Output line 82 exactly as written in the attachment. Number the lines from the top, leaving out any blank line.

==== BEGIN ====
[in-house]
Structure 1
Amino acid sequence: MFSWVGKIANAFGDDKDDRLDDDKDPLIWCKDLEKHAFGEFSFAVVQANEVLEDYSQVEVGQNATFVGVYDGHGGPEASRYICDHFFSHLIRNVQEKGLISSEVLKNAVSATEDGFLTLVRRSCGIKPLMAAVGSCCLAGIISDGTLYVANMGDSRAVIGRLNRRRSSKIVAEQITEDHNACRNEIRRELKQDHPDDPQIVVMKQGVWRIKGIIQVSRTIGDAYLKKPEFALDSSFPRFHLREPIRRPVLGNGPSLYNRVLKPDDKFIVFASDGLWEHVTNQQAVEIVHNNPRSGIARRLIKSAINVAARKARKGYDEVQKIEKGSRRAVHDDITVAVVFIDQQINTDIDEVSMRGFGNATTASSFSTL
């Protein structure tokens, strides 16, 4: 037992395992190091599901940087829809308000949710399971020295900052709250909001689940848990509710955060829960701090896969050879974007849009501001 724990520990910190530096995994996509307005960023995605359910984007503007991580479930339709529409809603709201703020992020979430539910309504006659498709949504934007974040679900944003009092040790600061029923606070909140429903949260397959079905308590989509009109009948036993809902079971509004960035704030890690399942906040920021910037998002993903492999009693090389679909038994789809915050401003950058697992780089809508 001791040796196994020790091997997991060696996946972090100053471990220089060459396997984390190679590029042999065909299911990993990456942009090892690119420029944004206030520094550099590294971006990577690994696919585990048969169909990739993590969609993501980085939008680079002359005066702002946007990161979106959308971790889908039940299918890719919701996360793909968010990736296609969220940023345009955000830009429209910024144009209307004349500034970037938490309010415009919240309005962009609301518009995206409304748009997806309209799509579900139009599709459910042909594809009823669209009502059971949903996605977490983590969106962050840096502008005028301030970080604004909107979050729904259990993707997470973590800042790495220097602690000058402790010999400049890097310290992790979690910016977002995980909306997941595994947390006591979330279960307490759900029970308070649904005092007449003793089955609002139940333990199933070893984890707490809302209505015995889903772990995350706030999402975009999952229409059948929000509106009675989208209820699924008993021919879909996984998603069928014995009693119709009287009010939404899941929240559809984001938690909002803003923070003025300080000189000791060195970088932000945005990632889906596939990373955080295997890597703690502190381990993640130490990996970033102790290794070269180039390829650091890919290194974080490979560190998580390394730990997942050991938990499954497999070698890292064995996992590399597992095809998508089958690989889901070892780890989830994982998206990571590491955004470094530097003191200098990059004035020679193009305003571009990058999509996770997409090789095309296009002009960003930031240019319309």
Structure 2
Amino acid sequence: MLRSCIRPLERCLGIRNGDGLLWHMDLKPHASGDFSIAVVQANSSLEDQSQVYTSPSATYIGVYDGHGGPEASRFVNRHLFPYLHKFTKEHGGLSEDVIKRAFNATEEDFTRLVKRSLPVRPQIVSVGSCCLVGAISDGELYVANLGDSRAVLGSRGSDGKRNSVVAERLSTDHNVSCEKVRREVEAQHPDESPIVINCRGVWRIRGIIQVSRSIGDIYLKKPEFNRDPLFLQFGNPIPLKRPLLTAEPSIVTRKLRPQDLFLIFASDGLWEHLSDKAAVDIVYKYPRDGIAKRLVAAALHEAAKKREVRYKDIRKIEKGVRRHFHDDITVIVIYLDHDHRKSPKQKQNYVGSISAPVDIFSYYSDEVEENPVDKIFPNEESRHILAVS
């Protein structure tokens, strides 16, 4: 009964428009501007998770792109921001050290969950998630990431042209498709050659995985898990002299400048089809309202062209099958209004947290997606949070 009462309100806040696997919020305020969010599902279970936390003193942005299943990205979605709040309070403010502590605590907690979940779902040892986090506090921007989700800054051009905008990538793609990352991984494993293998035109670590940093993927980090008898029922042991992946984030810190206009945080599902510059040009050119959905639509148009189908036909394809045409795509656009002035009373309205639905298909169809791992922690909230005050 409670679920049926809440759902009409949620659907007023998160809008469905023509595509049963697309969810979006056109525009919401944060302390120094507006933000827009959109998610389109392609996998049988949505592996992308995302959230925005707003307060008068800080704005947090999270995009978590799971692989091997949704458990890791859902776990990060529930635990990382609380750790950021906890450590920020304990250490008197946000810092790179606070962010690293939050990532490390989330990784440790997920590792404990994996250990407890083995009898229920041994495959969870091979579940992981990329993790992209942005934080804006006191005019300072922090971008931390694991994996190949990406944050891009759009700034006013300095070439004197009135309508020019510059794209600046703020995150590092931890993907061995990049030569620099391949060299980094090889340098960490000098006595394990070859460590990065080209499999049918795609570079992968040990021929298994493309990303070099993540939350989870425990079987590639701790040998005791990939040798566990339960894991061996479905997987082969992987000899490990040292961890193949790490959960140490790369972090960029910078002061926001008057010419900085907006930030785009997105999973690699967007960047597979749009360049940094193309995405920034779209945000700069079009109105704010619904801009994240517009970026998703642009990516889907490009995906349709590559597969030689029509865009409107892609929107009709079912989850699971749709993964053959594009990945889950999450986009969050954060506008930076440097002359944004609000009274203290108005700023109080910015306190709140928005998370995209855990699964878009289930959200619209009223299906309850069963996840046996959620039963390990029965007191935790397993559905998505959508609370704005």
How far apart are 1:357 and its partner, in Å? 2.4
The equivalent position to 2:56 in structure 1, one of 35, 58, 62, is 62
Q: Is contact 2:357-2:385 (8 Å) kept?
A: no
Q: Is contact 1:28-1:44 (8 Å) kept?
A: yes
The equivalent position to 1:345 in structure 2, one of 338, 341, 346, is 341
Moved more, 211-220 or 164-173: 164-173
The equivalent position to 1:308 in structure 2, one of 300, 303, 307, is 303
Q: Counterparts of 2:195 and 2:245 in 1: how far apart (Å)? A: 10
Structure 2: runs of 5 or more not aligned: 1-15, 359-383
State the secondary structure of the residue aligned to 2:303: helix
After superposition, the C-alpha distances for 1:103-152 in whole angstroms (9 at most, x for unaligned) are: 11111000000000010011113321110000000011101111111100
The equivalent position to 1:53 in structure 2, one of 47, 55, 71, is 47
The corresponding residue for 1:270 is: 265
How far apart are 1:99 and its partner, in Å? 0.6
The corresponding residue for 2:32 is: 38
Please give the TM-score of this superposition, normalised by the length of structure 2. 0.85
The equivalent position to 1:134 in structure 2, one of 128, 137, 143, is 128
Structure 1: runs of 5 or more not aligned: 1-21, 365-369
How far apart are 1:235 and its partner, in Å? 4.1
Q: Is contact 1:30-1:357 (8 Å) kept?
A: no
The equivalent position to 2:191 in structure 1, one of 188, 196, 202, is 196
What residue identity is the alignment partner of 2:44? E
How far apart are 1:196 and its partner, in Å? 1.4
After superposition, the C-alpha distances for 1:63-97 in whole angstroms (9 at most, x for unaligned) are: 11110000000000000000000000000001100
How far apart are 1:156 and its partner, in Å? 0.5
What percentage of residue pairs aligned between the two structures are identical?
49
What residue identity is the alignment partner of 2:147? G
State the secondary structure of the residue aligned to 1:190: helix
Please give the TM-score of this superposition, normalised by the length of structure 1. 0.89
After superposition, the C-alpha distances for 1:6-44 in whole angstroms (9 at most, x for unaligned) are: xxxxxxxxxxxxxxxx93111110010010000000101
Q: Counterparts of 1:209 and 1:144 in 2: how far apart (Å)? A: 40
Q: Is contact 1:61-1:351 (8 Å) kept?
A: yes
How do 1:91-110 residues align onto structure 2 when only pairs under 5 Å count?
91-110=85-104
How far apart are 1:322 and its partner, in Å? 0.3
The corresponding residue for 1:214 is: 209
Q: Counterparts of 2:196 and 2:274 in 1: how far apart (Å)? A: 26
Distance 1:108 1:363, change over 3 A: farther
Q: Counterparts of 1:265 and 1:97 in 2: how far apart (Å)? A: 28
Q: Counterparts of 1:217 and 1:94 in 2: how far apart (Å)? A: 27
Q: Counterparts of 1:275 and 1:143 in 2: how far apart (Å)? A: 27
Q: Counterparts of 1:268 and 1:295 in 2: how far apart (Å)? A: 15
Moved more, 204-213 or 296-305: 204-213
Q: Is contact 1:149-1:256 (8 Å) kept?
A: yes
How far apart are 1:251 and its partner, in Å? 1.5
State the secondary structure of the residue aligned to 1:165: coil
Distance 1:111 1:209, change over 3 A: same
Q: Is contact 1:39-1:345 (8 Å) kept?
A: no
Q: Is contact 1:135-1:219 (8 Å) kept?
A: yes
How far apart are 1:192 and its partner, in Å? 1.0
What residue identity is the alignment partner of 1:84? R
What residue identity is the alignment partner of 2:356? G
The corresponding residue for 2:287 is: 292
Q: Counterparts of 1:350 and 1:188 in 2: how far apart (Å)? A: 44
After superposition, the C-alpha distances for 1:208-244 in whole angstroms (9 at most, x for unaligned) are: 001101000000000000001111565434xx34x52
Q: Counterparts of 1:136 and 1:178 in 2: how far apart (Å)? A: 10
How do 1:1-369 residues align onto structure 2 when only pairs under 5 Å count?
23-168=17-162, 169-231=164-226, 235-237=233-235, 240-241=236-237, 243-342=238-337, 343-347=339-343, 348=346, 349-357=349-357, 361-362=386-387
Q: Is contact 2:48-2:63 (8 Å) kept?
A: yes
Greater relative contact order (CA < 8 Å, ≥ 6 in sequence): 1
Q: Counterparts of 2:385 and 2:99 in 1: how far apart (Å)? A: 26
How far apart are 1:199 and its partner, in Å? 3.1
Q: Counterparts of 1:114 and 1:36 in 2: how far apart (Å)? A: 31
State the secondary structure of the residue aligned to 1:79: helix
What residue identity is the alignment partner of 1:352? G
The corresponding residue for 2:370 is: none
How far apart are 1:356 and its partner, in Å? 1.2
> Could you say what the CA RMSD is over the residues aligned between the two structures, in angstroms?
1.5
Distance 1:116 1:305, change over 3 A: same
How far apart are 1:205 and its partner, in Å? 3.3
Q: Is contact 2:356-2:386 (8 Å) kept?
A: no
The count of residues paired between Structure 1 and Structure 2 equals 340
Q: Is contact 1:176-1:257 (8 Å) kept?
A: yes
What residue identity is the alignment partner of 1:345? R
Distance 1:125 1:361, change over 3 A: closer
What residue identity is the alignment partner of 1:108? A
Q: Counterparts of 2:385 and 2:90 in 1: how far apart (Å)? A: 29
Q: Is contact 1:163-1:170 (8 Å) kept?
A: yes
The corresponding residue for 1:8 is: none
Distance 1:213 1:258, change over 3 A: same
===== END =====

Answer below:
The corresponding residue for 2:370 is: none